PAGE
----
Gov. Cuomo announces $1.4 billion to revitalize access to health care and affordable housing.

Photo courtesy of Mike Groll/Office of New York Gov. Andrew M. Cuomo

From hospitals that operate community gardens in food deserts to outpatient facilities with on-site fitness centers focusing on wellness, the goal to keep patients from becoming inpatients has caused many organizations to think beyond the hospital’s walls. Hospitals even are reaching beyond the patient community with initiatives to fight homelessness and address poor housing conditions.

Dignity Health, for instance, partners with Lutheran Social Services of Northern California on the Housing with Dignity program that hosts five transitional apartment units in which homeless individuals can live while receiving holistic health care services, including medication management, behavioral health, primary care and life-skills training. Other hospitals have taken their commitments a step further with a deeper role in building and/or helping to support the physical environment aspects of affordable and healthy housing.

Four New York City hospitals are partnering with the state in a $1.4 billion investment called Vital Brooklyn. The initiative, spearheaded by Gov. Andrew M. Cuomo and backed not only by the area’s hospitals but also other community partners, touches nearly every aspect of community health, from resiliency to education. Affordable housing with an integrated ambulatory care network also is a key component of the initiative.

Vital Brooklyn is entering Phase 2 of its program and recently announced that five units encompassing more than 2,000 affordable homes will be developed at three sites owned by the state or the hospitals themselves: Three units will be located on the grounds of Interfaith Medical Center; one will be owned by Brookdale University Hospital Medical Center; and another will be owned by the Brooklyn Developmental Center. The developments make up two-thirds of Vital Brooklyn’s goal of creating 3,000 units of affordable housing with health care integrated into the heart of them. Kingsbrook Jewish Medical Center also will repurpose portions of its campus to create new affordable housing. Each project will include an ambulatory care center, part of Vital Brooklyn’s goal to create 32 ambulatory care centers embedded in affordable housing communities.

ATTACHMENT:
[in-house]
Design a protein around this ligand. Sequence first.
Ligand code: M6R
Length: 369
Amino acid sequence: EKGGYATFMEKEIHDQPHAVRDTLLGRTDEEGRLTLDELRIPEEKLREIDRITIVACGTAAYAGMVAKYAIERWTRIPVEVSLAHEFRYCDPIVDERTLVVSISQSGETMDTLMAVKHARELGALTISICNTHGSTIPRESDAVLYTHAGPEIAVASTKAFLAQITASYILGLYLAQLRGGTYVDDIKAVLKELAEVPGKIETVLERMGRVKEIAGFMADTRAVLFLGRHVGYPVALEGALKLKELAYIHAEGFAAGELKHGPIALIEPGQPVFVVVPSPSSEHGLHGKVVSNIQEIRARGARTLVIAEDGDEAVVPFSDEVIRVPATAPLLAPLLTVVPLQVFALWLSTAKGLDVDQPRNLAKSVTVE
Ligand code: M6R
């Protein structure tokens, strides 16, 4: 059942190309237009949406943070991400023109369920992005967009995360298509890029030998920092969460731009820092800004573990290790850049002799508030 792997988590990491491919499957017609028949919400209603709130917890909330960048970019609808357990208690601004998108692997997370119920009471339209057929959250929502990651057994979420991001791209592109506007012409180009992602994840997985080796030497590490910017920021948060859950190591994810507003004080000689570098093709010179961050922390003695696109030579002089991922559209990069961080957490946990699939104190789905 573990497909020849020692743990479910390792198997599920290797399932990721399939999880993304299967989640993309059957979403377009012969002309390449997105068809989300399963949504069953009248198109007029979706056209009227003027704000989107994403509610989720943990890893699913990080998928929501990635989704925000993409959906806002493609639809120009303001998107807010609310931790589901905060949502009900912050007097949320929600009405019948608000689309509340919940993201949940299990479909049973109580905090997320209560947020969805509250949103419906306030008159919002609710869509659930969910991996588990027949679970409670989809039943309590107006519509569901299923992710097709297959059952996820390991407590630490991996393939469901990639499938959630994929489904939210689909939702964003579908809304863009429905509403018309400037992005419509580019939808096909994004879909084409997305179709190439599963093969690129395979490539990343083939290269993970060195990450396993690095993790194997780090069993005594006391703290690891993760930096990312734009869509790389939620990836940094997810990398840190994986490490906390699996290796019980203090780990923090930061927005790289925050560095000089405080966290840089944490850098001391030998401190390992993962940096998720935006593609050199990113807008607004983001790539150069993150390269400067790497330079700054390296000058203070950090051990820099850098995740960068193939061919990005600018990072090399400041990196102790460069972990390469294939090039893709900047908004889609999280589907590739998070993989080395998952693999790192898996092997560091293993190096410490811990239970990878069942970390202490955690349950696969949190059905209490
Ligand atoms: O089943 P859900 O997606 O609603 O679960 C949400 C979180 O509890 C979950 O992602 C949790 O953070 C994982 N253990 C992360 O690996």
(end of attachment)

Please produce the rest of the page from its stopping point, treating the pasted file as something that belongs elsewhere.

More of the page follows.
“In order to ensure the health of our communities, we must enact comprehensive and holistic programs,” explains Letitia James, a public advocate of Vital Brooklyn. “Vital Brooklyn understands on a fundamental level [that] true health also takes creating affordable housing.”

Kaiser Permanente is another health system putting a stake in the fight for affordable housing and healthy living. The system, with locations throughout the country, announced more than $200 million in impact investment through its Thriving Communities Fund. The investment will focus on three factors: preventing displacement or homelessness of lower- and middle-income households in rapidly changing communities; reducing homelessness by ensuring access to supportive housing; and making affordable homes healthier and more environmentally sound.

Kaiser will invest in the physical environment with a focus on affordable housing preservation and construction, and neighborhood revitalization. Its investments will include improvements that address major health risks in existing units, such as removing lead paint or pipes and mold, and ventilation issues. It also will assess opportunities to optimize homes through retrofits, such as modifying layouts for seniors to age in place. Additionally, the system plans to implement sustainable measures that support healthy living to lower residents’ utility costs; enhance their connection to nature; protect the environment; and advance the health of ecosystems.

“Many communities we serve are grappling with some of the highest rates of housing insecurity and homelessness in the United States,” says Bechara Choucair, M.D., Kaiser Permanente’s chief community health officer. “I’ve provided medical care to the homeless, and have seen the impact that living without a home can have on health.”